Robots are coming to take our jobs, that’s pretty much certain, but precisely which jobs they’ll grab continues to be the topic of much debate.
Human news anchors, for example, must be feeling growing confusion about whether or not they’ll be needed in a few years’ time. When they set eyes on Japan’s attempt at a robotic news presenter in 2014, for example, they must have felt rather reassured about their position, so stilted and awkward was their mechanical counterpart.
But the more recent unveiling of an impressive A.I.-enabled virtual newsreader in China will likely have sent shivers down the spine of many an anchor who’d been hoping for a long and illustrious career in the business.
Further bafflement will have arisen inside the news-reading community this week after Russian state news channel Russia-24 unveiled yet another effort at automating news shows. It’s fair to say that the robot, developed by tech firm Promobot in the city of Perm about 700 miles east of Moscow, still needs some work — OK, a lot of work — a fact that will give renewed hope to presenters keen to stay in front of the camera for a while yet.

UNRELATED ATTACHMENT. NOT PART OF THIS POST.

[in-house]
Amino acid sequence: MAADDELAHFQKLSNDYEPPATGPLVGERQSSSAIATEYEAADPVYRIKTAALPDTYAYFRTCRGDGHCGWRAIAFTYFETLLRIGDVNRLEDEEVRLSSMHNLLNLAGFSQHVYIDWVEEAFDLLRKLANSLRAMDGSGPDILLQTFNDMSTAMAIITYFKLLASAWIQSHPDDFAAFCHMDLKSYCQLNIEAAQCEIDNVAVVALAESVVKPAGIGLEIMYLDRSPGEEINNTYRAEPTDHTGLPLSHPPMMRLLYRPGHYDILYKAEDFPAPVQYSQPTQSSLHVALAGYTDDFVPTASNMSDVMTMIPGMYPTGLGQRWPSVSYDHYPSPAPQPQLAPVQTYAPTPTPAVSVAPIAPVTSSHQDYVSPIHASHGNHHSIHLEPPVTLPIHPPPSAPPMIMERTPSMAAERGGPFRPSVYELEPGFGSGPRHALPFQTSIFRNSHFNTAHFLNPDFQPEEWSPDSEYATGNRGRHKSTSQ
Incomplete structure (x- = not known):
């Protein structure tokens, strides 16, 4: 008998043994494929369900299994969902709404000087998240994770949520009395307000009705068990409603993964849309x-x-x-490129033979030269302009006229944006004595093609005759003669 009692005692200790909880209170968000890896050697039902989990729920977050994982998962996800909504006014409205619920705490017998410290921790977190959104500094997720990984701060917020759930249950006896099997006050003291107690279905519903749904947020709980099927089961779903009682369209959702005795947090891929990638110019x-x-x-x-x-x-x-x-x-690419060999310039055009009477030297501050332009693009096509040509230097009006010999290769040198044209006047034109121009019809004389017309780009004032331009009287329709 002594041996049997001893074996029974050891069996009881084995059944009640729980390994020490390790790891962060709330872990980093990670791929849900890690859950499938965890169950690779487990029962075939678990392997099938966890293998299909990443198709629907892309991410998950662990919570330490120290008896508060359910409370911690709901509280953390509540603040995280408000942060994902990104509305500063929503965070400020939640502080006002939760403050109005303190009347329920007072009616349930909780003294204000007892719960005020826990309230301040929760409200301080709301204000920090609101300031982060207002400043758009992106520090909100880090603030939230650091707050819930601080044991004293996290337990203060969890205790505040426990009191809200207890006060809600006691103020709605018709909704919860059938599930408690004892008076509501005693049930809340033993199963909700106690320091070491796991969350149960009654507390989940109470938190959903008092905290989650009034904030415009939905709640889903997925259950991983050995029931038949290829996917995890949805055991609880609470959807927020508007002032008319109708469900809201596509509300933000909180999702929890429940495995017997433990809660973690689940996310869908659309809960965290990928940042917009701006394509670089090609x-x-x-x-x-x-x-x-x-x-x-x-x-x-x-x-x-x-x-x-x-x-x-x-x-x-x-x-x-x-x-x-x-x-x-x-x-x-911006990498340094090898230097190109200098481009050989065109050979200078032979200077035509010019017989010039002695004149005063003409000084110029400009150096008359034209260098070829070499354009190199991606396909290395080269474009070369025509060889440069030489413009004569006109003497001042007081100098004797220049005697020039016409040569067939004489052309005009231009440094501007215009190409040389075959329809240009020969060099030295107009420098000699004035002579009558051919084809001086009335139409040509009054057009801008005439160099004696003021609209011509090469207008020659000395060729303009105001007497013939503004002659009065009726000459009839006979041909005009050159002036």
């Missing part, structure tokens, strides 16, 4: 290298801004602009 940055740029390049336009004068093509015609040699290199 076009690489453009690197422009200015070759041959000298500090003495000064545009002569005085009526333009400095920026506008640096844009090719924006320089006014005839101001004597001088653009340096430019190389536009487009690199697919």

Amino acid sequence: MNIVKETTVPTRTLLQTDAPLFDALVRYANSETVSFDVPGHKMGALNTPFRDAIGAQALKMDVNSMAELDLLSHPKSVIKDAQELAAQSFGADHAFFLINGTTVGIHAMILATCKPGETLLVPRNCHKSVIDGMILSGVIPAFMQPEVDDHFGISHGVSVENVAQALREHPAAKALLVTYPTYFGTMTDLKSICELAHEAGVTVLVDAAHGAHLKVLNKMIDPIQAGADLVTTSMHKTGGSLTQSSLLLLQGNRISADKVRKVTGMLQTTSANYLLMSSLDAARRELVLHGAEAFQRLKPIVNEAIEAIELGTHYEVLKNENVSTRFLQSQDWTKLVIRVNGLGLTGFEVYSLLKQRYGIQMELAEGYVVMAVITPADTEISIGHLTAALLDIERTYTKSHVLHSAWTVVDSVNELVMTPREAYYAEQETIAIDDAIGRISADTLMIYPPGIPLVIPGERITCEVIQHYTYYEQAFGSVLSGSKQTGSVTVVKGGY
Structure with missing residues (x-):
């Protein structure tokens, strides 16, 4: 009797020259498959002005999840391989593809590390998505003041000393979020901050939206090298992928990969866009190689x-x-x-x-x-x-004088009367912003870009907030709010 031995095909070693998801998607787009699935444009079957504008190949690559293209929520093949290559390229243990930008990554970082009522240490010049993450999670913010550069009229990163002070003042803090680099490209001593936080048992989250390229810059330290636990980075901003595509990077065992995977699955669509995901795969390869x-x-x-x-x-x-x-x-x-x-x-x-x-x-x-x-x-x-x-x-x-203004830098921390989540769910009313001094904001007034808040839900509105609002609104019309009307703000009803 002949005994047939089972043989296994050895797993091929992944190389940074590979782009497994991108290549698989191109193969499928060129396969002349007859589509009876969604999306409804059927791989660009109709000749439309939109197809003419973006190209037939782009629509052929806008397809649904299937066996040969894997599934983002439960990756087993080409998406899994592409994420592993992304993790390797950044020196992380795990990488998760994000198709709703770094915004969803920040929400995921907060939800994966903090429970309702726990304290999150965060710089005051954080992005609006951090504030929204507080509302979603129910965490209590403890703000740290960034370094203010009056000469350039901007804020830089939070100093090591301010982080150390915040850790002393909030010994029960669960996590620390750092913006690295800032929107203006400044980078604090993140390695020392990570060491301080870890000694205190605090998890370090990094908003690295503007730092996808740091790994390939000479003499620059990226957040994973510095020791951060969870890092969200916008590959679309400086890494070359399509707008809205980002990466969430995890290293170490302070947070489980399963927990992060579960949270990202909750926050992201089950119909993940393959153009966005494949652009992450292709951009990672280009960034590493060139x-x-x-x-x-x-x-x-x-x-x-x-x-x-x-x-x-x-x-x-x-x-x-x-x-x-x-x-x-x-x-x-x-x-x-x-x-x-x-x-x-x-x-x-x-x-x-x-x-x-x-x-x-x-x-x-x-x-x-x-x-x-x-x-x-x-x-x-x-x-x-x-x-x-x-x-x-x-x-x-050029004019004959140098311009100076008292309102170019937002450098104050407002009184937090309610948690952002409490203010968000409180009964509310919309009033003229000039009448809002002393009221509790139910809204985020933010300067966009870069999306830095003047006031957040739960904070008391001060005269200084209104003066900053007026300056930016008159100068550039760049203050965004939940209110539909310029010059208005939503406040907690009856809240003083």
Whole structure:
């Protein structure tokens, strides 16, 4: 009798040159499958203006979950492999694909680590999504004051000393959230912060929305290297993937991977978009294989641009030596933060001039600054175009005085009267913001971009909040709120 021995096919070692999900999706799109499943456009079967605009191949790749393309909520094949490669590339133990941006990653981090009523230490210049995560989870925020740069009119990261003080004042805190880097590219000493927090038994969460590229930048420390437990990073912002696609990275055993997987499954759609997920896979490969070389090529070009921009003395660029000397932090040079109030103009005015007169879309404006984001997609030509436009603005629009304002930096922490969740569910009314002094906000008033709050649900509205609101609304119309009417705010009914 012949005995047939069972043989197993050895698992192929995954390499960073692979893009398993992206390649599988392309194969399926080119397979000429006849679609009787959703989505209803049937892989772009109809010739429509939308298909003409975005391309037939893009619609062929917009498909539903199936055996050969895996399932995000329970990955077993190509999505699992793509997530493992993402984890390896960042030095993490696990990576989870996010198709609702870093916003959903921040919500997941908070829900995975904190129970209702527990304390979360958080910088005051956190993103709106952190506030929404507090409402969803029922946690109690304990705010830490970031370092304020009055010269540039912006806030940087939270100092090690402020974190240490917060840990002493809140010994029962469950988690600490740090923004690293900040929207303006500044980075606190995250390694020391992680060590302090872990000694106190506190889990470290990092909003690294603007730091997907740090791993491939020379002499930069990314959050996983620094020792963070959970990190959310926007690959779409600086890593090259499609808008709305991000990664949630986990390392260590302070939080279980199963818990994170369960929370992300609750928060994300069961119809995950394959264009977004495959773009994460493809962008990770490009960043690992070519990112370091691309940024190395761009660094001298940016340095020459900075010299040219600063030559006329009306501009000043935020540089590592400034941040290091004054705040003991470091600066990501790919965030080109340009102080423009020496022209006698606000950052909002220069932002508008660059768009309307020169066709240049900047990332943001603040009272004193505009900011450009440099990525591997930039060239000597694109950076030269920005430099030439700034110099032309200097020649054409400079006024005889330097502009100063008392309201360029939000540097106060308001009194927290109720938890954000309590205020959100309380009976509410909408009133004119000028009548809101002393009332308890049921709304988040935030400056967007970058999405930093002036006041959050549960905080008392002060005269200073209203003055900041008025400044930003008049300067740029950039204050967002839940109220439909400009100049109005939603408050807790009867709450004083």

According to the BBC, the robot, Alex, is modeled on the face of Promobot’s co-founder, Alexei Yuzhakov. While the current version is only able to move parts of its face, engineers are said to be working on a version featuring moving limbs, too, giving it the chance to saunter about the studio during a news show.
Alex cost more than 1 million Russian roubles (about $15,600) to develop, and Promobot says it’s taken 12 orders for the android. However, it’s not entirely clear who purchased them and for what purpose.
The BBC said that Alex has so far read out a variety of news stories for Russia-24, among them items about agriculture, a nuclear technology forum, and micro-finance. Reading a piece about technology innovations at an exhibition taking place in Moscow, Alex modestly declared that “the main hero was me.”
While some on social media have accused Alex of peddling political propaganda in his news reports, others simply made fun of the robot’s wooden delivery and odd appearance.
But at least one person managed to conjure up a kind comment, describing Alex as a “very nice robot.”
A recent report by the World Economic Forum suggested robots could take as many as 75 million jobs from humans by 2025, though it concluded that many more new positions — for living and breathing folks — will also be created in that time.
Whether Alex’s ropey performance means he’ll be forced to reverse the trend toward robot replacements by giving way to a human news anchor remains to be seen.